I am happy where I am though, with my waiter guiding me through the beer menu.
As I sup down my beer onion soup and beer goulash with dumplings.
Mild, followed by dark and finished with IPA, is the answer. But I’m not finished there as I’m given a tour of the brewery with samples at every stop.
Thankfully, it’s all downhill home to the Golden Key Hotel were I will sleep in a triple bed under a wooden ceiling with a sauna in the morning.
And wash it all down…
My hosts probably feel that they can’t trust me in Prague’s Beer Spa and that I’d drink all the suds.
So they take me next instead to the spa town of Lazne Teplice which is the last word in massage, saunas, bathing pools and medical practices.
But don’t just take my word for it.
Well do, but the luminaries of yore came here to take the waters.
Among them Beethoven who also sought a cure for his failing hearing…
And you can see the horns displayed in the glass cabinets in the Hotel Beethoven corridor.
While you can also ask to be taken to the room where he stayed, although we didn’t get in.
He may very well still be in there and just not have heard the knocking.
Beethoven, the 200th anniversary of who’s birth it is this year, was clearly well looked after in Teplice.
And he would certainly have feasted on the town’s speciality chocolate cake in the titular cafe.
All of which I’ve been told I must work off next, as the Czechs themselves do, in Bohemian Switzerland.
No, I’ve not taken a wrong turning although I’ve not been myself since that first night in Prague.
Bohemian Switzerland is the park named for the two Swiss climbers who came here in the 19th century and were reminded of their own homeland.
It truly is an enchanted land and got the official stamp of approval.
When the makers of The Lion, the Witch and The Wardrobe used an arch in the park and set Aslan there.
The Czech Republic is full of surprises and I spend my last night back in Prague which too has many still to reveal.
Two iron figures outside the Franz Kafka Museum, whose waists revolve and who shoot out water onto a map of the Czech Republic.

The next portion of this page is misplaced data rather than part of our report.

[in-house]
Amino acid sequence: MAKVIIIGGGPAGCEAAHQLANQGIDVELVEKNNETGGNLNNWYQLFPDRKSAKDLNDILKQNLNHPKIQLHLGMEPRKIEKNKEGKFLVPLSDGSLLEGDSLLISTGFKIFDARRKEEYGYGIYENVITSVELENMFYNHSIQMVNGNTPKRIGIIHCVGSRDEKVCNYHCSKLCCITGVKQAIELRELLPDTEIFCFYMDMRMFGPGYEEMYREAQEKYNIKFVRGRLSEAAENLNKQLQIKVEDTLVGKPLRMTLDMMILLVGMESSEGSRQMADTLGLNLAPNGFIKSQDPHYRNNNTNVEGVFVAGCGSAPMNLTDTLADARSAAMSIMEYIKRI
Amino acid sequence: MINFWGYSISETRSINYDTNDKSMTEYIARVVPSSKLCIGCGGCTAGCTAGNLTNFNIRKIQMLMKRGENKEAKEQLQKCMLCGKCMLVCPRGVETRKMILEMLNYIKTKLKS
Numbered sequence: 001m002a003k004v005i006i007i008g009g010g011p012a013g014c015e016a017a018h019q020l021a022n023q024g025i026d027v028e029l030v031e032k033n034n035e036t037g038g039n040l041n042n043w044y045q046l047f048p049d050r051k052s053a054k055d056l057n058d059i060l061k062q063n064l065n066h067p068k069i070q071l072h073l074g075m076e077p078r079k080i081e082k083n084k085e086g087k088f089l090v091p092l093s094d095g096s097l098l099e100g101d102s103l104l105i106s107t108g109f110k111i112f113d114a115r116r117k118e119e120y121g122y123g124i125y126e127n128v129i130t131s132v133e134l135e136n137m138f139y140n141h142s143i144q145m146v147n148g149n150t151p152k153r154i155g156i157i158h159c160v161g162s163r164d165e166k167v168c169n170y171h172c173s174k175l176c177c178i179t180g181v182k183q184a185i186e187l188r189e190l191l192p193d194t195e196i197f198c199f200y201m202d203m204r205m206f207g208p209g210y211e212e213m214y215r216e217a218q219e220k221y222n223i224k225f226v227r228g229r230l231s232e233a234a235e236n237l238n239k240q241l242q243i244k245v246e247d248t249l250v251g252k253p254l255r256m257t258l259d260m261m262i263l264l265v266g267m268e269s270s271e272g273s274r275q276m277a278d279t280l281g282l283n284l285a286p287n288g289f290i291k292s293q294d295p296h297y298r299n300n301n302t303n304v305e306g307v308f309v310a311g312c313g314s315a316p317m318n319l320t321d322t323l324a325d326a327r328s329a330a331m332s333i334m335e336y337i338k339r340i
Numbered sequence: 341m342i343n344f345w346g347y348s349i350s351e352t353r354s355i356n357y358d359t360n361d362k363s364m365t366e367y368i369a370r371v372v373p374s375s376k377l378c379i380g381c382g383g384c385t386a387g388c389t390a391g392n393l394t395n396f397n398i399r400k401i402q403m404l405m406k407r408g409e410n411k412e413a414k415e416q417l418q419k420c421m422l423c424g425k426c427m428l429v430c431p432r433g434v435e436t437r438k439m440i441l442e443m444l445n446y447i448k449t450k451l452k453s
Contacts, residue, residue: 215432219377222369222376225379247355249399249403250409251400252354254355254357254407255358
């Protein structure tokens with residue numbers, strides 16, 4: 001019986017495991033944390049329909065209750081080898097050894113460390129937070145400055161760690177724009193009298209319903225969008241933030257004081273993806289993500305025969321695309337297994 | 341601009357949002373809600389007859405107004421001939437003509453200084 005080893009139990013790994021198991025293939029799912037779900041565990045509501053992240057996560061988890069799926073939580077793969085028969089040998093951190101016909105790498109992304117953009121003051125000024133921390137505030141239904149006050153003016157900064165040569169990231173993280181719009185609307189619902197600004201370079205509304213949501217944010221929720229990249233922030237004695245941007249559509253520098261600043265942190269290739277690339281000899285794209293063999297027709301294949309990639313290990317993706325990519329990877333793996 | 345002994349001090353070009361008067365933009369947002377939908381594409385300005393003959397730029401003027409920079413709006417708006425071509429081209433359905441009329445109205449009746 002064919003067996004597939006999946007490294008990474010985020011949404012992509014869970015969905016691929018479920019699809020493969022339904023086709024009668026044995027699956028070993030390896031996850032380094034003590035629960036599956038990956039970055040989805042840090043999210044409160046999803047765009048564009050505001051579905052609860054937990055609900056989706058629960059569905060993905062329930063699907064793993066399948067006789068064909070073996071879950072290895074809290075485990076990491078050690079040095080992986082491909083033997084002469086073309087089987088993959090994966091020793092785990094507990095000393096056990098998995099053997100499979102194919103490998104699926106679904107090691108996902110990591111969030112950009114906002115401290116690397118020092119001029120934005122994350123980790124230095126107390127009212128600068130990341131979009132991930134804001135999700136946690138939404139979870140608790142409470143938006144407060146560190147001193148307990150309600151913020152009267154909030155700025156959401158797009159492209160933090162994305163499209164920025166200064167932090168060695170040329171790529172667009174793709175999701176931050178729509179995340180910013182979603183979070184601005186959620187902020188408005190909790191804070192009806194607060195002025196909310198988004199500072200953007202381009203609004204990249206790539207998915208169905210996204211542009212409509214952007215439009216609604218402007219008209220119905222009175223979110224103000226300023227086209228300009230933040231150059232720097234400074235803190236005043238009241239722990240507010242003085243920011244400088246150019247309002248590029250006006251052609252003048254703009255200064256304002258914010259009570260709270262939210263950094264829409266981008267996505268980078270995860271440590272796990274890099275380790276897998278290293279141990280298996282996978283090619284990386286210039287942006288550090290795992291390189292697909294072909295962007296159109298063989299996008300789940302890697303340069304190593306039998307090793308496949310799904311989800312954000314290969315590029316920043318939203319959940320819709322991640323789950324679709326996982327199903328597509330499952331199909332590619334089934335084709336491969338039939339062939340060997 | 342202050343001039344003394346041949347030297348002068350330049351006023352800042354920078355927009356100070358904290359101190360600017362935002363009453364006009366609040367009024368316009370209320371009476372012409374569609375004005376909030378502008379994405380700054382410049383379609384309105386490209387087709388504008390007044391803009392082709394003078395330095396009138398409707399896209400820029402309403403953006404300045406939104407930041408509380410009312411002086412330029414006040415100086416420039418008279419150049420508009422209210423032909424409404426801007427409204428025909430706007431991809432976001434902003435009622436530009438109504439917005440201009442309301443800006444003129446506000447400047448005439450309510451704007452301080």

It is the work of experimental sculptor of David Cerrny and it is believed to represent what the European Union has don to their land.
The Czechs are wonderfully irreverent to their leaders.
Walk around Prague and you’ll see Cerny’s mark everywhere.
Babies in the tower
A man holding an umbrella hanging from a building a Communist Brabant car on leg and Babies Climbing a TV Tower.
You can get up close and personal to the babies in the tower cafe.
But be careful looking out the window because these weans have no nappies on.
Cerny’s statues blend seamlessly with the Medieval ions, King Charles IV, the nation’s patriarch chief among them.
Tourists though are urged toward the statue of St John of Nepomuk, who fell out with King Wenceslas, and, no, not the Good One.
This Wencesclas ordered Archbishop John to be thrown off the bridge when he refused to divulge Weneslas’s wife’s confession.
It’s good luck to touch his statue and make a wish and that wish will be lifted up to the heavens.
Me? I think St John of Nepomuk might just have drunk too many Urquells and fallen off the bridge that way.
Where to stay
Hotel Golden Key: The Castle area of Prague from €70. Reception will help you out with maps and directions for the sprawling and tiring Castle area Also that yourself to a spa and the relaxation room. See Asten Hotels.
Stay in Teplice Spa: Beethoven hotel: Price per person per night in off peak season is €87 – including room, treatment. daily entrance to Thermalium pool and enjoy the water features, sprays, cold baths and spas. Lots of Beethoven features dotted around the walls and you can even see the room where he stayed. And full board.
Enjoy your trip
Trip to Bohemian Switzerland and see the arch from the film of CS Lewis’s The Lion, the Witch and the Wardrobe. – €120.
Where to eat
Strahov Monastery Brewery in the Prague Castle area. When in Prague do like the Czechs and eat goulash with dumplings, of course. Go for a starter too – onion soup with an infusion of beer. Heck. go the full three course and dig into the apple strudel.
With Ryanair – to Prague if purchased way in advance from €40-€120.